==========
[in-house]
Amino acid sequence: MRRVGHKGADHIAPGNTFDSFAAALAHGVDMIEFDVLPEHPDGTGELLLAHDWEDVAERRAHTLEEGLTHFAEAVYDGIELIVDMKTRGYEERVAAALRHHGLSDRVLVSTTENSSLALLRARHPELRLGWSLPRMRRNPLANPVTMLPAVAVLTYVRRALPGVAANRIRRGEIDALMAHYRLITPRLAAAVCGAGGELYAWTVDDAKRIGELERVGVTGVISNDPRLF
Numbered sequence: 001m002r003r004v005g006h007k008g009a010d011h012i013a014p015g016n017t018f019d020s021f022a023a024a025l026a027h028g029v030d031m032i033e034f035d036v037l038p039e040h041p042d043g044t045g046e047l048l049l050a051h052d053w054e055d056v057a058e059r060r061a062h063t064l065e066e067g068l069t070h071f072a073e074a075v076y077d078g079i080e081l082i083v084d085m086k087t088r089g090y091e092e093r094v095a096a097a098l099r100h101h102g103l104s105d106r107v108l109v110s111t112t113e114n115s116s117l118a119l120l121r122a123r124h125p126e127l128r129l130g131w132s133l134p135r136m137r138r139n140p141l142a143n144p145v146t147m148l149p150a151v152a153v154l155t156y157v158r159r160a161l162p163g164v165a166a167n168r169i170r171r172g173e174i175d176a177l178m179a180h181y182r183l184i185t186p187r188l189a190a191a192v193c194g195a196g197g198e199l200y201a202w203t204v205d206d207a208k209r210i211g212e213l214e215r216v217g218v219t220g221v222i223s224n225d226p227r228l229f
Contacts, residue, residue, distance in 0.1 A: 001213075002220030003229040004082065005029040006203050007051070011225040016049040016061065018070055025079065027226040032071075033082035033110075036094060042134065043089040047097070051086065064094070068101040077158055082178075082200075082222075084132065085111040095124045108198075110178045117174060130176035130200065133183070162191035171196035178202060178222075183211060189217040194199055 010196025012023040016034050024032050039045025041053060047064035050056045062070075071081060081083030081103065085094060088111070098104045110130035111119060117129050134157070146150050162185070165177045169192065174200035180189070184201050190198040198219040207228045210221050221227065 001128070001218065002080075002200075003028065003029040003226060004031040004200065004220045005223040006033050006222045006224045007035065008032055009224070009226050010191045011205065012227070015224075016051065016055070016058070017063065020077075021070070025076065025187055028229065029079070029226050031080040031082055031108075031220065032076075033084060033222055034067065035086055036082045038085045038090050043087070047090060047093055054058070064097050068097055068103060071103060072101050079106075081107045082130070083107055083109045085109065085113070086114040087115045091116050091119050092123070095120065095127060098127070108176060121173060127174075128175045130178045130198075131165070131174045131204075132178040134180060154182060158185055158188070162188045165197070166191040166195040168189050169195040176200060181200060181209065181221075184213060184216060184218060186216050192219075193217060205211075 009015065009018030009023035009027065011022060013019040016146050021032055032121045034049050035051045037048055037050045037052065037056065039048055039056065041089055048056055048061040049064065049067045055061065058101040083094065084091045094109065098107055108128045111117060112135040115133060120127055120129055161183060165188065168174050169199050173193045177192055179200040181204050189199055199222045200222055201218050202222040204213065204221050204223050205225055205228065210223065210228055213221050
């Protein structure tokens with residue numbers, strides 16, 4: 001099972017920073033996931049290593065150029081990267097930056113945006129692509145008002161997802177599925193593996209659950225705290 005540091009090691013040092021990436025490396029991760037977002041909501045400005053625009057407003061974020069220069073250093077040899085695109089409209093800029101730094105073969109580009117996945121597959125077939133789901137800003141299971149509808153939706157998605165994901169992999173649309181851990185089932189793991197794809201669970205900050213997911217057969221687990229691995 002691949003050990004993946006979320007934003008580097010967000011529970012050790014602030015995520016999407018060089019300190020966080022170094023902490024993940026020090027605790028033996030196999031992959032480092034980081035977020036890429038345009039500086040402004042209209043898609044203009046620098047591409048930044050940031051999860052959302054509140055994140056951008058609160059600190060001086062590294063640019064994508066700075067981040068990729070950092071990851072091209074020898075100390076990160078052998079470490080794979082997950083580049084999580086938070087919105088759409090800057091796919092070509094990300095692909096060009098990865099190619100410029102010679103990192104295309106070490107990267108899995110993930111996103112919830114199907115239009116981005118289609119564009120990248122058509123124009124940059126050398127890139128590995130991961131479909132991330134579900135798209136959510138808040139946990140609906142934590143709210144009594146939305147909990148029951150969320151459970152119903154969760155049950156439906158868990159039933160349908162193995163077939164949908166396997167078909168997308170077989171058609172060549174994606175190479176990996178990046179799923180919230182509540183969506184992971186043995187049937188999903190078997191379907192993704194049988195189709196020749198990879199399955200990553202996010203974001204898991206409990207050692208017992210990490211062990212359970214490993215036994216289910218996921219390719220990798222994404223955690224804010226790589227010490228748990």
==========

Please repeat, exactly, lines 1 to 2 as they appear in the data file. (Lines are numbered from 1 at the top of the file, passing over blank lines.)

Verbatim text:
[in-house]
Amino acid sequence: MRRVGHKGADHIAPGNTFDSFAAALAHGVDMIEFDVLPEHPDGTGELLLAHDWEDVAERRAHTLEEGLTHFAEAVYDGIELIVDMKTRGYEERVAAALRHHGLSDRVLVSTTENSSLALLRARHPELRLGWSLPRMRRNPLANPVTMLPAVAVLTYVRRALPGVAANRIRRGEIDALMAHYRLITPRLAAAVCGAGGELYAWTVDDAKRIGELERVGVTGVISNDPRLF